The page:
Getting Started With GitHub Copilot in Visual Studio Code

GitHub Copilot is an AI pair programming tool. This is a fancy way of calling it a “second programmer” that works within your source code editor. Copilot gives you autocomplete-style suggestions as you code, helping you code faster and more efficiently.

This article will walk you through the steps for installing and setting up GitHub Copilot in VS Code. You’ll then learn how to use Copilot to speed up the coding process. 


To use GitHub Copilot, you need to have a GitHub account. If you don’t already have one, you can register for an account on the official website

Make sure you’re signed into your GitHub account before signing up for GitHub Copilot. The service comes with a 30-day free trial, after which you’re required to subscribe for one of the paid plans.

Screenshot of GitHub copilot authorization pageScreenshot of GitHub copilot authorization pageScreenshot of GitHub copilot authorization page
Screenshot of GitHub copilot authorization page

If you have no intention of subscribing for a paid plan, then make sure you cancel GitHub Copilot before the trial ends to avoid getting billed.

Finally, you’ll need to have Visual Studio Code installed on your local machine. To install Visual Studio Code, visit the official VS Code downloads page.

Installing the GitHub Copilot Extension

Start by launching your Visual Studio Code editor. Next, click on the Extensions tab. Use the search box to search for GitHub Copilot. Install and activate the extension (it has over 5 million downloads at the time of writing this):

Screenshot of GitHub Copilot VS Code extensionScreenshot of GitHub Copilot VS Code extensionScreenshot of GitHub Copilot VS Code extension
Screenshot of GitHub Copilot VS Code extension

Once fully active, a prompt will appear telling you to sign into GitHub.  Click the button to sign in. The authentication process will be quick because you’re already signed into GitHub and GitHub Copilot. If the process was successful, you’ll find the Copilot icon at the lower right hand corner of VS Code.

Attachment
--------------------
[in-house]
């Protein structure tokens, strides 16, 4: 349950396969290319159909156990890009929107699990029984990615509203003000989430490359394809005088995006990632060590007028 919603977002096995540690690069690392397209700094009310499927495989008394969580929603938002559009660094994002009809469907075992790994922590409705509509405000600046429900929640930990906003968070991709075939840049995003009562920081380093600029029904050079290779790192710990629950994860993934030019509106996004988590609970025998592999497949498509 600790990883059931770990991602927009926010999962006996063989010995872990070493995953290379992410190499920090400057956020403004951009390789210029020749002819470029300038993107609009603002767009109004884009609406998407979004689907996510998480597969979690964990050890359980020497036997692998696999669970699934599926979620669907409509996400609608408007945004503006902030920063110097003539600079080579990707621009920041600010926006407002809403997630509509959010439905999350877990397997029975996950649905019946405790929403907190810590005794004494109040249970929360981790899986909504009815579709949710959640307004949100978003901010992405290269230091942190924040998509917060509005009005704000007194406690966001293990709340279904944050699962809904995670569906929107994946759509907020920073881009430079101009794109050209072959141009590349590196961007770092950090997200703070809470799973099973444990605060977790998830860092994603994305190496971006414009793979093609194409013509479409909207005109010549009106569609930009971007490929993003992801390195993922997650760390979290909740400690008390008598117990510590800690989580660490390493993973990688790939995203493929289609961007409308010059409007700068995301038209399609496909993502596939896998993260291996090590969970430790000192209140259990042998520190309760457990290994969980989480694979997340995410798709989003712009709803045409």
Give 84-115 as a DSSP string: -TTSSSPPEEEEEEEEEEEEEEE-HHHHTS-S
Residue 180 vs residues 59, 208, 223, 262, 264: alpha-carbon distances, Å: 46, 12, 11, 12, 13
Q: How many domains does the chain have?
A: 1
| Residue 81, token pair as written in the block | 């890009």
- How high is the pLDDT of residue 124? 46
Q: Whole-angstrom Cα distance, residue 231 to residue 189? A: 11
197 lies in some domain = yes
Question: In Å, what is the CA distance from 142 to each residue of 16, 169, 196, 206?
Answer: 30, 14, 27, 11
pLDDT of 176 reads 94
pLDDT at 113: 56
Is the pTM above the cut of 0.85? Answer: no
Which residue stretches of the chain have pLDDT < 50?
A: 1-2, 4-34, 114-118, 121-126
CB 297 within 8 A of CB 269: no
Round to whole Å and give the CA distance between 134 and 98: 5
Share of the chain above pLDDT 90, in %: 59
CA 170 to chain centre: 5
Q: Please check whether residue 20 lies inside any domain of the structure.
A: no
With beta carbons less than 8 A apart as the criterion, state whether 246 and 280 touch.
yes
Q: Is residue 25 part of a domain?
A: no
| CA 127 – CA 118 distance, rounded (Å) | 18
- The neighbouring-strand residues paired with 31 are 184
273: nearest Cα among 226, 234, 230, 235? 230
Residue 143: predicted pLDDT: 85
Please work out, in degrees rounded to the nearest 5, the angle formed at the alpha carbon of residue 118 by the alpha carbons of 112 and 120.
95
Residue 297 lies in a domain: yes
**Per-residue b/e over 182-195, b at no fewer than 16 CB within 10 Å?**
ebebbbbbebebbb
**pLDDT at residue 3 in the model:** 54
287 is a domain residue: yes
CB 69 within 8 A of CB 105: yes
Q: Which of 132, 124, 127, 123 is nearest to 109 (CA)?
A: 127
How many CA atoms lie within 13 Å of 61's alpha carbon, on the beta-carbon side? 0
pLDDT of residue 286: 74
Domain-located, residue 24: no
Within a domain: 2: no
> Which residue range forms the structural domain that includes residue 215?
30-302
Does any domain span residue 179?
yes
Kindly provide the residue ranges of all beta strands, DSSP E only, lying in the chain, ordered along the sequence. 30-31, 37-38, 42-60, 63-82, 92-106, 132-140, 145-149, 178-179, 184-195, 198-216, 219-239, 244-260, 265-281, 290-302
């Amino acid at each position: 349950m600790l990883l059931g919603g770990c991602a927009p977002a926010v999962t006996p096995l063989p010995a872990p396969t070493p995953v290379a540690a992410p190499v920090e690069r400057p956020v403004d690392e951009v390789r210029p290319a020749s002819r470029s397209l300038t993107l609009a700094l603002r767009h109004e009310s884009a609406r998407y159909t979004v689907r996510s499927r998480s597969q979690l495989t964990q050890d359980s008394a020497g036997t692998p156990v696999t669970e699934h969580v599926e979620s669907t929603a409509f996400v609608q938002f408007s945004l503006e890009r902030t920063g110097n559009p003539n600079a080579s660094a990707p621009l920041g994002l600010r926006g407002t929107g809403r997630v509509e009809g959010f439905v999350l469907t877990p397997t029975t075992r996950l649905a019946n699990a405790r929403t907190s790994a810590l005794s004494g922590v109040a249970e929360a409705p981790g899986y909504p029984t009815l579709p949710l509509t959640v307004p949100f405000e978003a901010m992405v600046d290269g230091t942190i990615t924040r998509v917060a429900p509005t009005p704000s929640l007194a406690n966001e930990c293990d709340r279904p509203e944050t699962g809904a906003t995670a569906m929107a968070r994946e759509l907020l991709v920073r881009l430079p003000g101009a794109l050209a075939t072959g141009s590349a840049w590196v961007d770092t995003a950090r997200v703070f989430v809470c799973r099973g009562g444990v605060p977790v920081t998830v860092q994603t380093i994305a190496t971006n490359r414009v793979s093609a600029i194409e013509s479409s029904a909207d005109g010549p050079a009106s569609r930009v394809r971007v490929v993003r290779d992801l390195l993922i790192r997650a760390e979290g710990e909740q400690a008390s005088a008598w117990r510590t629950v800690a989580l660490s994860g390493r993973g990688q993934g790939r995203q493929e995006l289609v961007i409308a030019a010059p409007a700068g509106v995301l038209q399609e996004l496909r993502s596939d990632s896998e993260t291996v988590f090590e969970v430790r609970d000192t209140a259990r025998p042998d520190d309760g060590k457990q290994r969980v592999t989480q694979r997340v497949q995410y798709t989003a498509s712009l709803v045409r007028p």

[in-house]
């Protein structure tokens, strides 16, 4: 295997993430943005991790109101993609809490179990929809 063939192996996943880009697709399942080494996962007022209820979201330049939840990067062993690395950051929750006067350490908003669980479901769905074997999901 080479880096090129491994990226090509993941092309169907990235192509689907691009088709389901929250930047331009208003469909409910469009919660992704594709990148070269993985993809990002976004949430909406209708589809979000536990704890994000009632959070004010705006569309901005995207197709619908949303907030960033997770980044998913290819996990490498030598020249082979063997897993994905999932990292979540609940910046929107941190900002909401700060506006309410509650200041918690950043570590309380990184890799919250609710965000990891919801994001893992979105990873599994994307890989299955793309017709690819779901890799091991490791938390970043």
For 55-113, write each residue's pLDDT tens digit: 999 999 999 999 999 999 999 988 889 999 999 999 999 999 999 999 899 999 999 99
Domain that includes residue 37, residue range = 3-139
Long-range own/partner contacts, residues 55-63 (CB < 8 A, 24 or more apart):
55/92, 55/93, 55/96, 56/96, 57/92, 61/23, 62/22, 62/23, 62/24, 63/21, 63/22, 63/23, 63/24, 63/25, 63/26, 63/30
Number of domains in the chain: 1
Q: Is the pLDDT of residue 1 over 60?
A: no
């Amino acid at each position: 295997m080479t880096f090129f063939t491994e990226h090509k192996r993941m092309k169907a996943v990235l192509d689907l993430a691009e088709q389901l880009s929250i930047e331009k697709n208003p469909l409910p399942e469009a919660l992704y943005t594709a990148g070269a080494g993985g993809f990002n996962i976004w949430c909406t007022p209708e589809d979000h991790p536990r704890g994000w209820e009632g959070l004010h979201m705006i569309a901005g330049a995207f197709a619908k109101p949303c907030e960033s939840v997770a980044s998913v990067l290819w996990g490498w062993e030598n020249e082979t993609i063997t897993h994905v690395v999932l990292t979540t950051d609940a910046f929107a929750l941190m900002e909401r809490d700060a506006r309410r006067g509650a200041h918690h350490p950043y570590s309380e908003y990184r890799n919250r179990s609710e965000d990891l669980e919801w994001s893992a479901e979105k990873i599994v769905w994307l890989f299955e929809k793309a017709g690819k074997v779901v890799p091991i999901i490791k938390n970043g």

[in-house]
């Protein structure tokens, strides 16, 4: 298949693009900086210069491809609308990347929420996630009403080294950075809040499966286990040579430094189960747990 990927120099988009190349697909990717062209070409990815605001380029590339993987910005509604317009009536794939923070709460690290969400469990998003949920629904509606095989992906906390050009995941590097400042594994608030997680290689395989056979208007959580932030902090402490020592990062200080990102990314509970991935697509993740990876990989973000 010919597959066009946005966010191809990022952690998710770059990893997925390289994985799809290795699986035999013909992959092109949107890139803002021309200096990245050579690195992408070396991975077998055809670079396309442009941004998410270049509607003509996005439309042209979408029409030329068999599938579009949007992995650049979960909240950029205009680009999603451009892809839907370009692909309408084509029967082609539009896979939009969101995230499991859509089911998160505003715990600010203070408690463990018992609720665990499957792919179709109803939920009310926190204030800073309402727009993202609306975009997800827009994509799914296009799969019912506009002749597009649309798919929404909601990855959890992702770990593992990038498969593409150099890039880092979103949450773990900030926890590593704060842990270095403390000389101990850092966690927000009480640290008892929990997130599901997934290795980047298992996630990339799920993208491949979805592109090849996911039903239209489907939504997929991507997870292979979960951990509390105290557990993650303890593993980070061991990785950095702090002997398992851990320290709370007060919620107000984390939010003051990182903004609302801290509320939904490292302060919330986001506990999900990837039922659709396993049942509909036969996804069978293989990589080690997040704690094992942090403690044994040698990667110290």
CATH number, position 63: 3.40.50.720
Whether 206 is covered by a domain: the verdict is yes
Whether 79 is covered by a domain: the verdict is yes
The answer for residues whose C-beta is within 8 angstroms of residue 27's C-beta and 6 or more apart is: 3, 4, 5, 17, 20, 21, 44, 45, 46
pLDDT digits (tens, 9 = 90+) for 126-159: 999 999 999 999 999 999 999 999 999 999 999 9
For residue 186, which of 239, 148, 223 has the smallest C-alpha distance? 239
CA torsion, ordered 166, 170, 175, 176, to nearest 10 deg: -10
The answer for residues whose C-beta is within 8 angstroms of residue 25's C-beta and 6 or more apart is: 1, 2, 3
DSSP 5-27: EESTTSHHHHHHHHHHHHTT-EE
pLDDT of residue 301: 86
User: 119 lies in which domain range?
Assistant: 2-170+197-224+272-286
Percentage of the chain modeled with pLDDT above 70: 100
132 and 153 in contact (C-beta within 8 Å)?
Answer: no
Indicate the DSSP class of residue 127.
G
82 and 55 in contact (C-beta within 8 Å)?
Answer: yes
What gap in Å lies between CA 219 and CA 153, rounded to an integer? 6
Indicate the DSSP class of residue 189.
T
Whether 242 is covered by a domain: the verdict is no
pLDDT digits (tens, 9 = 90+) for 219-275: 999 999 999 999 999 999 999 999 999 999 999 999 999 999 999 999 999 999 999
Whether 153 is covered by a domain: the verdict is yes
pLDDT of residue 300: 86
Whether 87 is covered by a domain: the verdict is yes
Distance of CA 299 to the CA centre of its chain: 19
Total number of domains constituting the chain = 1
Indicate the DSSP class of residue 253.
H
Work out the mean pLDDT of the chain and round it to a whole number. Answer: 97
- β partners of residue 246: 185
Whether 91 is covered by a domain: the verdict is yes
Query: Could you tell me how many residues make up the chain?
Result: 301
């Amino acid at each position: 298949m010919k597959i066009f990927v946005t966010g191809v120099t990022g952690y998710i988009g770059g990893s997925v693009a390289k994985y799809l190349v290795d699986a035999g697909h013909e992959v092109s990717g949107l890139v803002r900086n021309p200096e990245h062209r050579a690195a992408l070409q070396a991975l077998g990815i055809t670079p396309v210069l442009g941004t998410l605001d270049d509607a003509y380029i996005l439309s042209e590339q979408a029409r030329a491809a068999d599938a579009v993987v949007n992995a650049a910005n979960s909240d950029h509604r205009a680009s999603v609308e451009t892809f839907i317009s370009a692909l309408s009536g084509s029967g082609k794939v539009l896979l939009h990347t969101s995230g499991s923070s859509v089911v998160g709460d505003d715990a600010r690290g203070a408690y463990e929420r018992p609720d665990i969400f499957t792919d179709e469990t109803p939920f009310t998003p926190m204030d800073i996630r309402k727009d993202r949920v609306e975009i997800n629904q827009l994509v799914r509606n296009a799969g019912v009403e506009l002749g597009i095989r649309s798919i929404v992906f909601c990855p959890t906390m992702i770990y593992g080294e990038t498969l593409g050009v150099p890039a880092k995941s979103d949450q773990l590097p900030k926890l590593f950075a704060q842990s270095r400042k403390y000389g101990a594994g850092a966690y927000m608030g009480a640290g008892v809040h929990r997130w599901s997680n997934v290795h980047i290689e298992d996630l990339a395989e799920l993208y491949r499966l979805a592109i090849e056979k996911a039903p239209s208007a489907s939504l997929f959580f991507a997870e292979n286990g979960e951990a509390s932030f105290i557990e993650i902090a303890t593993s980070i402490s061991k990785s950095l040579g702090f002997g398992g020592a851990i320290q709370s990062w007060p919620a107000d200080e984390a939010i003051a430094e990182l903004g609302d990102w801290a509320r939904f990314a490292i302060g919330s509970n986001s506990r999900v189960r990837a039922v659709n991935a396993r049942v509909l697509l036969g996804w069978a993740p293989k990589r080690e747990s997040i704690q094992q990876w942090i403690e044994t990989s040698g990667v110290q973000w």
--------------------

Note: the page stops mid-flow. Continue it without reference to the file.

Note that GitHub Copilot is a paid service ($10/month at the time of writing) but there is a 30-day free trial.

Ask Copilot Technical Questions

While Copilot is known to be a coding assistant, you can ask it technical questions directly. This is perfect if you’re studying for a technical interview and want to quickly get answers to common interview questions.

To ask GitHub Copilot a question, put your question in a comment preceded by :q:

// q: What is a class in object-oriented programming?

Once you see a suggestion by Copilot (in grey color), click the tab key on your keyboard to accept it as your answer. The answer is preceded by :a. The tab key works on both Window and Mac computer. 

You can also ask specifically about one of those answers, (i.e. get more information about the answer). Copilot will figure out what you’re about to ask and autocomplete the question for you.

Using Copilot with HTML and CSS

Now let’s turn our attention to coding, starting with an HTML example. Copilot will help speed up the process of writing HTML. Let’s see how.

Create two HTML files in your project. The files should be named example1.html and example2.html. Next, open example1.html file in VS Code.

Start by typing the doctype declaration. When you click enter on your keyboard, Copilot already knows that the <html> tag is going to be the next obvious tag to add. So it suggests the tag (click tab to accept it)

Within that, Copilot suggests that you add the <head>, then <title>. It closes the <head>, and sure enough, <body> is suggested along with an <h1> tag and paragraph. 

If you want to generate an element, you simply describe the element you want to generate in a comment and press Tab. Here’s an example:

<!-- An h1 with inline blue heading -->

This will generate an <h1> element with blue text:

<h1 style="color:blue">This is a blue heading</h1>

You can also ask for a bulleted list with the following prompt:

<!-- Create a bulleted list -->

Here’s the result:

    <li>First item</li>
    <li>Second item</li>
    <li>Third item</li>

As per best practices, styles should always be in a separate stylesheet. Create a styles.css file in the same folder as the HTML files.

The following prompt will generate the link element that references the stylesheet. Write the prompt within the <head> tags in HTML:

<!-- Reference the stylesheet named style.css -->

This would be the output:

<link rel="stylesheet" type="text/css" href="style.css">

If the stylesheet file is inside another folder, just describe the directory structure in your prompt and Copilot will use the correct URL in the href.

Copilot Facilitating Bootstrap